The line was drawn in this fashion: Demorats wanted President Trump’s wiretap allegation smashed and derided, whilst Republicans were primarily concerned with the leaking of classified information.
Trey Gowdy begins the interaction with Director Comey and sets the foundation for his line of questioning involving FISA and safeguards.
Please note that Congressman Gowdy specifically utilizes the term “wiretap” to describe the acquisition of communications belonging to an “unnamed US citizen.” Again, Comey outs the Trump investigation but refuses to discuss anything to do with the leaks at all. Do you see my point and my resulting frustration?
FBI Director Comey refuses to deny he briefed President Obama on calls made by Michael Flynn to Russia. pic.twitter.com/cUZ5KgBSYP
I highlight this portion because of its incredible importance. Do you see?
GOWDY: Admiral Rogers said there are 20 people within the NSA that are part of the unmasking process. How many people within the FBI are part of the unmasking process?
COMEY: I don’t know for sure. As I sit here, surely more, given the nature the FBI’s work. We come into contact with U.S. persons a whole lot more than the NSA does because we may be conducting — we only conduct our operations in the United States to collect electronic surveillance — to conduct electronic surveillance, so I don’t — I can find out the exact number, I don’t know it as I sit here.
GOWDY: Well, I think, Director Comey, given the fact that you and I agree this is critical, vital, indispensable, a similar program is coming up for reauthorization this fall with a pretty strong head wind right now. It would be nice to know the universe of people who have the power to unmask a U.S. citizen’s name. Because that might provide something of a roadmap to investigate who might’ve actually disseminated a masked U.S. citizen’s name.
COMEY: Sure. The number is relevant but what I hope the U.S. — the American people realize is the number’s important, but the culture behind it is in fact even more important. The training, the rigor, the discipline. We are obsessive about FISA in the FBI for reasons I hope make sense to this committee but we are — everything that’s FISA has to be labeled in such a way to warn people this is FISA, we treat this in a special way.
So we can get you the number, but I want to assure you the culture of the FBI and the NSA around how we treat U.S. person information is obsessive and I mean that in a good way.
GOWDY: Director Comey, I am not arguing with you and I do agree that culture is important, but if there are 100 people who have the ability to unmask and the knowledge of a previously masked name, then that’s 100 different potential sources of investigation and the smaller the number is, the easier your investigation is.
So the number is relevant. I can see the culture is relevant. NSA, FBI, what other U.S. government agencies have the authority to unmask a U.S. citizen’s name?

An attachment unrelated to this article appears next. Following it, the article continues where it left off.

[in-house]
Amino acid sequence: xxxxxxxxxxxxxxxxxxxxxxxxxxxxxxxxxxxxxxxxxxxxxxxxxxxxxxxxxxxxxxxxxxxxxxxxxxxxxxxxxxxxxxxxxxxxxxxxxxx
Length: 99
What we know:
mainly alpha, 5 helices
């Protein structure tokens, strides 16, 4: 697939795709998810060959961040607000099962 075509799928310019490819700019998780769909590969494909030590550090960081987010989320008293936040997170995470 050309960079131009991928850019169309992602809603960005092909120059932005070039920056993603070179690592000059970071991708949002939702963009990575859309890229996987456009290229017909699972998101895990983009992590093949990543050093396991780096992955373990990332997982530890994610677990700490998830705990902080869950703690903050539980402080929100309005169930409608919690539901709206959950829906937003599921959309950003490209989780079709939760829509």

COMEY: I think all agencies that collect information pursuant to FISA have what are called standard minimization procedures, which are approved by the FISA court that govern how they will treat U.S. person information. So I know the NSA does, I know the CIA does, obviously the FBI does. I don’t know for sure beyond that.
GOWDY: How about the department of — how about Main Justice?
COMEY: Main Justice, I think does have standard minimization procedures.
GOWDY: All right, so that’s four. The NSA, FBI, CIA, Main Justice. Does the White House have the authority to unmask a U.S. citizen’s name?
COMEY: I think other elements of the government that are consumers of our products can ask the collectors to unmask. The unmasking resides with those who collected the information.
And so if Mike Rogers’s folks collected something and they sent it to me in a report and it says U.S. person number one and it’s important for the FBI to know who that is, our request will go back to them. The White House can make similar requests of the FBI or of NSA but they can’t on their — they don’t own their own collect and so they can’t on their own unmask. I got that about right?
ROGERS: No, that’s correct.
GOWDY: I guess what I’m getting at, Director Comey, is you say it’s vital, you say it’s critical, you say it’s indispensable. We both know it’s a threat to the reauthorization of 702 later on this fall. And by the way, it’s also a felony punishable by up to 10 years.
So how would you begin your investigation, assuming for the sake of argument that a U.S. citizen’s name appeared in the Washington Post and the New York Times unlawfully. Where would you begin that investigation?
COMEY: Well, I’m not gonna talk about any particular investigation…
GOWDY: That’s why I said in theory.
COMEY: You would start by figuring out, so who are the suspects? Who touched the information that you’ve concluded ended up unlawfully in the newspaper and start with that universe and then use investigative tools and techniques to see if you can eliminate people, or include people as more serious suspects.
GOWDY: Do you know whether Director Clapper knew the name of the U.S. citizen that appeared in the New York Times and Washington Post?
COMEY: I can’t say in this forum because again, I don’t wanna confirm that there was classified information in the newspaper.